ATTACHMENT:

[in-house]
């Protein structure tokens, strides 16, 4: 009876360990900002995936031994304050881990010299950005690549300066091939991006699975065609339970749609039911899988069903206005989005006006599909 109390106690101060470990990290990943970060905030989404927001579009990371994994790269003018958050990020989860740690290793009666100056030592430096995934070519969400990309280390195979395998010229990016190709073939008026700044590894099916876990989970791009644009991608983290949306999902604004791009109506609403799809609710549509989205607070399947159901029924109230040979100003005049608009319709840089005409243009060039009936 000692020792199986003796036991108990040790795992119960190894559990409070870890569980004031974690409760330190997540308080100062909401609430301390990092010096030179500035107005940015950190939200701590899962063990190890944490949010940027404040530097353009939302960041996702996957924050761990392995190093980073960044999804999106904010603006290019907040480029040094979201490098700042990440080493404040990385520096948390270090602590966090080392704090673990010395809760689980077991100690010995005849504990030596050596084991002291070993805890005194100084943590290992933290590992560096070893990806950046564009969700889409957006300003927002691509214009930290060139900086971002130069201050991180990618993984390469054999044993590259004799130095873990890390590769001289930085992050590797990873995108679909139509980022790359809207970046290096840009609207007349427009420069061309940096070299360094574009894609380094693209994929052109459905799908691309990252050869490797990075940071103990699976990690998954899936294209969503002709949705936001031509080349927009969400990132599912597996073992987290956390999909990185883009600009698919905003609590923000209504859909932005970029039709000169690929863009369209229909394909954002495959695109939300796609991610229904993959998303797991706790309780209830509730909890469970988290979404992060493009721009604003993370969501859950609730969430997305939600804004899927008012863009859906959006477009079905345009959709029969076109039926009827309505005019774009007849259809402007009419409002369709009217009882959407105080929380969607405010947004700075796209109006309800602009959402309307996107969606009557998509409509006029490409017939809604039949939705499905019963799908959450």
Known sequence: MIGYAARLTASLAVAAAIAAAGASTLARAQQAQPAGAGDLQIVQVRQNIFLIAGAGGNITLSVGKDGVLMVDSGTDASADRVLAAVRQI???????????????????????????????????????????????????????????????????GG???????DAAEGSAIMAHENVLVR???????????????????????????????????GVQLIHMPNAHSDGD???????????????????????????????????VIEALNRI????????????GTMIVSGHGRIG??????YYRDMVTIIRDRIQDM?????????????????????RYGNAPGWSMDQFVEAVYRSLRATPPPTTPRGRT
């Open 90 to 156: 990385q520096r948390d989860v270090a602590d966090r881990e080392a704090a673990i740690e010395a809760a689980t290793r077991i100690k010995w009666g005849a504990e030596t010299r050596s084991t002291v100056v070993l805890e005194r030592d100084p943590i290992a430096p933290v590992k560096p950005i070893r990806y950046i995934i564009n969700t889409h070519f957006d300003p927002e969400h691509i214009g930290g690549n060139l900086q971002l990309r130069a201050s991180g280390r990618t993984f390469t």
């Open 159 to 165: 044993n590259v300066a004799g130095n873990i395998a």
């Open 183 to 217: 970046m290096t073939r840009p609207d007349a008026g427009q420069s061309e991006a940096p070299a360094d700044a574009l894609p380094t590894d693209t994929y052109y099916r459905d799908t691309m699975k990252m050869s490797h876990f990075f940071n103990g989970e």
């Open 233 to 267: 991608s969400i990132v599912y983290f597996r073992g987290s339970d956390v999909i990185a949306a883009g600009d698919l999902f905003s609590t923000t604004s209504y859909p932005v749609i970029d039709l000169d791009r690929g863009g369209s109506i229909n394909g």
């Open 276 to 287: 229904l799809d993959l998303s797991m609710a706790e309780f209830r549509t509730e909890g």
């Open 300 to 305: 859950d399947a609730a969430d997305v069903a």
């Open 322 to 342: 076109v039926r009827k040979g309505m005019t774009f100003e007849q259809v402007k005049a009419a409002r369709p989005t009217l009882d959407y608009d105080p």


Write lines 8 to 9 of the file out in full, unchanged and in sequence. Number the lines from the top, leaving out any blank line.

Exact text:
């Open 276 to 287: 229904l799809d993959l998303s797991m609710a706790e309780f209830r549509t509730e909890g």
């Open 300 to 305: 859950d399947a609730a969430d997305v069903a």